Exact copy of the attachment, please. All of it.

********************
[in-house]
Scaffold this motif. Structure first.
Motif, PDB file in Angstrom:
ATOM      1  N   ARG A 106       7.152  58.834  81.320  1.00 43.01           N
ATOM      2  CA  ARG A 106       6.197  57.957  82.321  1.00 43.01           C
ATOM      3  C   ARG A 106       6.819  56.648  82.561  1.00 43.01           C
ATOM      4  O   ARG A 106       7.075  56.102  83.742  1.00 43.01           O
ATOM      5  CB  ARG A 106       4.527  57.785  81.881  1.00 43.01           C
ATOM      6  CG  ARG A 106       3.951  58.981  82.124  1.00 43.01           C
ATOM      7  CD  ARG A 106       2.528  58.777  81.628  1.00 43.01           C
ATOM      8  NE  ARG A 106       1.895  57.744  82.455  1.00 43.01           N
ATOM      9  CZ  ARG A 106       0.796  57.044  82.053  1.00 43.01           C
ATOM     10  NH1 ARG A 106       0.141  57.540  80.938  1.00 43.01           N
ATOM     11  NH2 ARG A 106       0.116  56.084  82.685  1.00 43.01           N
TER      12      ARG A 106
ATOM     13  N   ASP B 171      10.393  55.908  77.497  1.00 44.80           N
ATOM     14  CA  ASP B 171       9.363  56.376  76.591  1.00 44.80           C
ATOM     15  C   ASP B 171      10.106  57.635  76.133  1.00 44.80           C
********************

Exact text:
[in-house]
Scaffold this motif. Structure first.
Motif, PDB file in Angstrom:
ATOM      1  N   ARG A 106       7.152  58.834  81.320  1.00 43.01           N
ATOM      2  CA  ARG A 106       6.197  57.957  82.321  1.00 43.01           C
ATOM      3  C   ARG A 106       6.819  56.648  82.561  1.00 43.01           C
ATOM      4  O   ARG A 106       7.075  56.102  83.742  1.00 43.01           O
ATOM      5  CB  ARG A 106       4.527  57.785  81.881  1.00 43.01           C
ATOM      6  CG  ARG A 106       3.951  58.981  82.124  1.00 43.01           C
ATOM      7  CD  ARG A 106       2.528  58.777  81.628  1.00 43.01           C
ATOM      8  NE  ARG A 106       1.895  57.744  82.455  1.00 43.01           N
ATOM      9  CZ  ARG A 106       0.796  57.044  82.053  1.00 43.01           C
ATOM     10  NH1 ARG A 106       0.141  57.540  80.938  1.00 43.01           N
ATOM     11  NH2 ARG A 106       0.116  56.084  82.685  1.00 43.01           N
TER      12      ARG A 106
ATOM     13  N   ASP B 171      10.393  55.908  77.497  1.00 44.80           N
ATOM     14  CA  ASP B 171       9.363  56.376  76.591  1.00 44.80           C
ATOM     15  C   ASP B 171      10.106  57.635  76.133  1.00 44.80           C